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Diesel continues to remain “a primary buying choice for operational fleets” thanks to the lack of clarity on future fuel policy, says a new report by the AA and Rivus Fleet Solutions.
Despite the ongoing decline in diesel market share, the report states that both an absence of a clear fuel policy and a lack of consistency in local policy interventions, such as “the London ULEZ boundary expansion in 2021, the proposed Bristol City Council diesel ban and delays to Clean Air Zones in Birmingham and Leeds”, has resulted in some operational fleets replacing diesel vehicles like-for-like, rather than investing in new technologies, such as electric vehicles (EVs) and hybrids.
Although alternatively fuelled vehicles now account for a 9.9% market share, the majority (89%) of those surveyed for the report continue to use diesel in their fleets, with reasons including costs compared to alternatives and that Euro6 compliant engines meet the requirements of most clean air zone legislation announced to date.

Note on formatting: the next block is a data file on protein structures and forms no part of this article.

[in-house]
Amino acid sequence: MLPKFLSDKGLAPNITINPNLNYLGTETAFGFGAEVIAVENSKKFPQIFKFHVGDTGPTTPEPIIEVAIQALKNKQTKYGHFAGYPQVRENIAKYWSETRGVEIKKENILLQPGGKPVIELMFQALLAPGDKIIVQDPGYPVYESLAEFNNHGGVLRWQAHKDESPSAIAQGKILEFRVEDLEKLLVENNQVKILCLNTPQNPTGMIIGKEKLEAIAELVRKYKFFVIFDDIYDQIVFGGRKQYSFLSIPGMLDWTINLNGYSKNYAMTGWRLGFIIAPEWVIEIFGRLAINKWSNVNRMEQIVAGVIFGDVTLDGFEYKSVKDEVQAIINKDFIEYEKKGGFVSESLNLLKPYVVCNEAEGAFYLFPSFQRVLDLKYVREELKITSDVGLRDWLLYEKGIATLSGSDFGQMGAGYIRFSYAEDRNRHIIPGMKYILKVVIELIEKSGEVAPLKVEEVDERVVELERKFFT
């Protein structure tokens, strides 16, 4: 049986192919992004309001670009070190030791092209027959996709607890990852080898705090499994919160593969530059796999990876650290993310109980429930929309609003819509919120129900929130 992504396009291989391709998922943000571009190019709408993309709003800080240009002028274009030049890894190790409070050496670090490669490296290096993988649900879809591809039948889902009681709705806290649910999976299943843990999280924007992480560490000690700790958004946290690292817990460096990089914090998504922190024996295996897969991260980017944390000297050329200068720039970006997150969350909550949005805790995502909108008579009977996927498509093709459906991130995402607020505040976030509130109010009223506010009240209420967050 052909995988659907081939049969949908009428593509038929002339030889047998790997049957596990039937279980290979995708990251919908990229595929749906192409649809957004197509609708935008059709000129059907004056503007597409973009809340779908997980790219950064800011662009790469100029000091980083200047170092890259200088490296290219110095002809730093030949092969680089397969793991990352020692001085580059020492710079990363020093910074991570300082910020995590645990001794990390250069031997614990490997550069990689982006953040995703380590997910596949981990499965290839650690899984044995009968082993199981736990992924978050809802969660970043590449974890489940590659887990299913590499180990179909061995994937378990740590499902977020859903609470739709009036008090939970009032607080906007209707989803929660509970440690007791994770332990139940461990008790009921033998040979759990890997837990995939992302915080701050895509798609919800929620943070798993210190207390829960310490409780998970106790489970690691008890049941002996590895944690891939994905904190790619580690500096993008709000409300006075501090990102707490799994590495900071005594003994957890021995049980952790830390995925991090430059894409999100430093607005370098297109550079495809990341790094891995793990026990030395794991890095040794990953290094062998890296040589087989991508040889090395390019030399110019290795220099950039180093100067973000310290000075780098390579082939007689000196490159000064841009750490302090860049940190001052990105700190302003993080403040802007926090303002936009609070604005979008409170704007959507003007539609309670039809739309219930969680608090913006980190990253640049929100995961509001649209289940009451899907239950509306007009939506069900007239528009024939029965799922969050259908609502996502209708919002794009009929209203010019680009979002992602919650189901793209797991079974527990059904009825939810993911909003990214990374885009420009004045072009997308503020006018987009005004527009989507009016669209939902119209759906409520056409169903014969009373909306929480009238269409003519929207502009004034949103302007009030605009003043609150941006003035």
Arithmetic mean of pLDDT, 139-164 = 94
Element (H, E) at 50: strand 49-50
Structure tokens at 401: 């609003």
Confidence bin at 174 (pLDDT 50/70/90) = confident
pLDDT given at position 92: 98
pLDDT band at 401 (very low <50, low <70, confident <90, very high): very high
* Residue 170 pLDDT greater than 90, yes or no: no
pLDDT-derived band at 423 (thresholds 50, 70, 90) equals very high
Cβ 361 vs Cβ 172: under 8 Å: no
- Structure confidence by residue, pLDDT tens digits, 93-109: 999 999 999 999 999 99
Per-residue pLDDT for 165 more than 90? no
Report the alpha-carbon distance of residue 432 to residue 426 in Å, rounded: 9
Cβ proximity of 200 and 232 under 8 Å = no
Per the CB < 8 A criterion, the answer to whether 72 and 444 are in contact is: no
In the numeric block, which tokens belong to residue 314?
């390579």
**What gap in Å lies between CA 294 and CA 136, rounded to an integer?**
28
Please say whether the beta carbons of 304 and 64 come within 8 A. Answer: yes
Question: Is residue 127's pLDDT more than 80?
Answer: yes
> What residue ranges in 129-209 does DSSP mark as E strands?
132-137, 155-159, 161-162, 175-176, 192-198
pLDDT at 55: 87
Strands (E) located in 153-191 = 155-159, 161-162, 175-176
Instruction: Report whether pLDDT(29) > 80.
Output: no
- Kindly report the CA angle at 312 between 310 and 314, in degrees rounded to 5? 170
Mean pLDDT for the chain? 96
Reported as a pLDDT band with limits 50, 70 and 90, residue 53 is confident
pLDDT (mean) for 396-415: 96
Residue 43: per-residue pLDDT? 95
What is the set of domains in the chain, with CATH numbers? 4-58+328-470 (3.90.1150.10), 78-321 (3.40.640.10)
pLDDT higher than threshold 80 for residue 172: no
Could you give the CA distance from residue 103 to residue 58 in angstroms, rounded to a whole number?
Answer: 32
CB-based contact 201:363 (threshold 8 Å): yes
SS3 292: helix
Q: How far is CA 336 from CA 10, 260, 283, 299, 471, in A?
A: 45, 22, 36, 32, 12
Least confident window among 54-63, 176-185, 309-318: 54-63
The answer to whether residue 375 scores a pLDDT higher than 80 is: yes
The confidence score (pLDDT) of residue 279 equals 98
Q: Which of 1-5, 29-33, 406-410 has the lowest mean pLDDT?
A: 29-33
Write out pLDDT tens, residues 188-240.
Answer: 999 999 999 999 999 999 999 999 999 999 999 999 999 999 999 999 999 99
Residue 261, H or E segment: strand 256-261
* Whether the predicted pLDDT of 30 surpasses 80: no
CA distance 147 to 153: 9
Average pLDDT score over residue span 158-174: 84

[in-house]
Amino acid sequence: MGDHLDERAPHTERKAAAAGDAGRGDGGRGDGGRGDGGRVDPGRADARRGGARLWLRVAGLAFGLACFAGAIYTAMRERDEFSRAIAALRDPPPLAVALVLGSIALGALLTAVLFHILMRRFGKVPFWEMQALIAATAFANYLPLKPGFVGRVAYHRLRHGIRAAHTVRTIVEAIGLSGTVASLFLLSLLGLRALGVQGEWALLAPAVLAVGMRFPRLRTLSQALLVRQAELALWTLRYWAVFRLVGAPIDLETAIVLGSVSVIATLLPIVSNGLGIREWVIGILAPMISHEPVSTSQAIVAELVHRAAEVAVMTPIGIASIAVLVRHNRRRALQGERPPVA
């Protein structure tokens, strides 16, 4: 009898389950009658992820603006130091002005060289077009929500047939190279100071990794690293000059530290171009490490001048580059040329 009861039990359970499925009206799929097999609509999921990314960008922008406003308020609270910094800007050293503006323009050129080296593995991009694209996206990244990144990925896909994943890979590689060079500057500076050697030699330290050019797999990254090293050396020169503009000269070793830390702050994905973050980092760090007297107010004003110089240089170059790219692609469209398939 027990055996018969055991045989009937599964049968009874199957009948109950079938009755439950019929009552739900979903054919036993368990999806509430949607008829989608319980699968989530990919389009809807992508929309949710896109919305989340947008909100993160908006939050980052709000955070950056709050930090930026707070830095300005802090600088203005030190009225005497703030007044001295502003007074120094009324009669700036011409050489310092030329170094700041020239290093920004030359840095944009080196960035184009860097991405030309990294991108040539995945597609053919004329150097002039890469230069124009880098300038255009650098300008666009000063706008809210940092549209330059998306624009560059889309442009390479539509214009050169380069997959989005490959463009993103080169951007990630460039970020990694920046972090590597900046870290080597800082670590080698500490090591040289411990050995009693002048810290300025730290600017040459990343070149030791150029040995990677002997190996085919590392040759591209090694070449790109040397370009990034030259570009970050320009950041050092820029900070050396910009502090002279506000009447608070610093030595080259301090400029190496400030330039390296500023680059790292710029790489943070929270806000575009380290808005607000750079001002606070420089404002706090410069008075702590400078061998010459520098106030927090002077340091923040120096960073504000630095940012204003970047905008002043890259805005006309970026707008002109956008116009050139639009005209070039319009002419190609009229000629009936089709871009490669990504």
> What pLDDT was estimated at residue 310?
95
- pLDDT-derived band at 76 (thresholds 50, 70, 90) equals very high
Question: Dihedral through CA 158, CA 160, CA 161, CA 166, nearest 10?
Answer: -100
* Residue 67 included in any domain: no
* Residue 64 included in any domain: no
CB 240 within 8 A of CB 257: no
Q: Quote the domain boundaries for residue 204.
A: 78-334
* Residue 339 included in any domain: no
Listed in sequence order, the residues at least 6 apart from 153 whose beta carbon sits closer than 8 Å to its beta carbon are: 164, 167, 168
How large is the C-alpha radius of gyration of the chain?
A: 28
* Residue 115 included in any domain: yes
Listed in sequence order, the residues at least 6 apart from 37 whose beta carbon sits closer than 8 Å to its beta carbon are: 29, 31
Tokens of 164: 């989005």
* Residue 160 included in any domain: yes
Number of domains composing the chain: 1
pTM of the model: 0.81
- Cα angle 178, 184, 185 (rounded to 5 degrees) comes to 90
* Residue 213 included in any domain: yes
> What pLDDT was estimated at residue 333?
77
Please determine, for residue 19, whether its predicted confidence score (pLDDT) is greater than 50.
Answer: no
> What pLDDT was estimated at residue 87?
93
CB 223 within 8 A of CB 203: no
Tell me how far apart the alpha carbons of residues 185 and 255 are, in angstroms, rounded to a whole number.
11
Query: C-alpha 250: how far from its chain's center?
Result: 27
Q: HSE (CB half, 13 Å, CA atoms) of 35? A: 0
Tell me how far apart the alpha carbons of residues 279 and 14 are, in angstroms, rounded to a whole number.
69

Three quarters (75%) of those surveyed still expect to be using diesel in their fleets in five years’ time, suggesting, while change is on the way, it won’t necessarily be dramatic.
This year’s report sees more than half (57%) of fleet managers expect to have some EVs on fleet within the coming five years (which is up from 36% of respondents last year). Additionally, a third (33%) of fleet decision-makers think pure EVs will be the most dominant fuel type on fleet in ten years’ time.
Stuart Thomas, director Fleet and SME at the AA, said: “This year’s research has emphasised education and clarity are key if fleet decision-makers are to make effective judgements around investing in a clean air future. In the absence of clear guidance and a confirmed road map towards zero emissions, fleet operators and businesses are sticking to what they know, adding new diesels to their fleets and paying fines for non-compliance rather than investing in new EVs.
“However, this pragmatism needs to be weighed with a sense of optimism when it comes to future planning. We haven’t seen the big shift we expected in the past 12 months, and individual local clean air interventions are not the way to drive nationwide change, but the decision to prolong diesel into another purchase cycle appears to be a conscious one based on whole life cost calculations.
“While many of those we interviewed don’t yet have the confidence to make big steps into an EV future, particularly commercial fleets where the vehicle choice is much more limited, it is promising to see how many of those surveyed expect to have EVs on their fleet over the coming decade. The question is, will this be quick enough to meet ambitious zero emission targets?”